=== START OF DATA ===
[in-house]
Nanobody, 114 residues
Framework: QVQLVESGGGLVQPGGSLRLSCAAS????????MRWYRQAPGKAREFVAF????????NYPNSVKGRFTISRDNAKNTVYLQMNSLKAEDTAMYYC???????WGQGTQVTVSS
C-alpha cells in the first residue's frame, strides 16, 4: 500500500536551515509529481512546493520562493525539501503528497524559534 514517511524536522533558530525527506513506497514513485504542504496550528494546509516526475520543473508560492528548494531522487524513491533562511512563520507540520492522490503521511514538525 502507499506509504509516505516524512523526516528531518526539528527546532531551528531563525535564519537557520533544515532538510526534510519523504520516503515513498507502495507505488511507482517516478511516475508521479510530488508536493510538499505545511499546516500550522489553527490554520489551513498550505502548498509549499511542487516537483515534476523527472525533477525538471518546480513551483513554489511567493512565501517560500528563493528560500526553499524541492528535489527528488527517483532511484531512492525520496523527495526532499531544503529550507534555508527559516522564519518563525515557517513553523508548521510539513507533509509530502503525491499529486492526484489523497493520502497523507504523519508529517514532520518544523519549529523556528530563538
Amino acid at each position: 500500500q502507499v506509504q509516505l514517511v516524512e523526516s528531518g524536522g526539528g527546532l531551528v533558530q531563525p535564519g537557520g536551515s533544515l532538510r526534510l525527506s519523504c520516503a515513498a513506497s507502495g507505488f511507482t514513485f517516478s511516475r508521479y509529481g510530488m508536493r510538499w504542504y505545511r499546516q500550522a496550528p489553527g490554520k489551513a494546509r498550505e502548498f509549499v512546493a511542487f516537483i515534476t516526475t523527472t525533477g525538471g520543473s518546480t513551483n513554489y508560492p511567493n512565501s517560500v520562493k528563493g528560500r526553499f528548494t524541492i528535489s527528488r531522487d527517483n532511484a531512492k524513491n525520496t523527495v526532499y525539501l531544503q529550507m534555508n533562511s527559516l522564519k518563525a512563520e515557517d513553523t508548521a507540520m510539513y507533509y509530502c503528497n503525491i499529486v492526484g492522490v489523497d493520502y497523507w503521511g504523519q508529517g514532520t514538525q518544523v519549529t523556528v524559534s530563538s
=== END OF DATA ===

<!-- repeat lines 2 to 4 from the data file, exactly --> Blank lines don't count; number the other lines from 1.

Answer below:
Nanobody, 114 residues
Framework: QVQLVESGGGLVQPGGSLRLSCAAS????????MRWYRQAPGKAREFVAF????????NYPNSVKGRFTISRDNAKNTVYLQMNSLKAEDTAMYYC???????WGQGTQVTVSS
C-alpha cells in the first residue's frame, strides 16, 4: 500500500536551515509529481512546493520562493525539501503528497524559534 514517511524536522533558530525527506513506497514513485504542504496550528494546509516526475520543473508560492528548494531522487524513491533562511512563520507540520492522490503521511514538525 502507499506509504509516505516524512523526516528531518526539528527546532531551528531563525535564519537557520533544515532538510526534510519523504520516503515513498507502495507505488511507482517516478511516475508521479510530488508536493510538499505545511499546516500550522489553527490554520489551513498550505502548498509549499511542487516537483515534476523527472525533477525538471518546480513551483513554489511567493512565501517560500528563493528560500526553499524541492528535489527528488527517483532511484531512492525520496523527495526532499531544503529550507534555508527559516522564519518563525515557517513553523508548521510539513507533509509530502503525491499529486492526484489523497493520502497523507504523519508529517514532520518544523519549529523556528530563538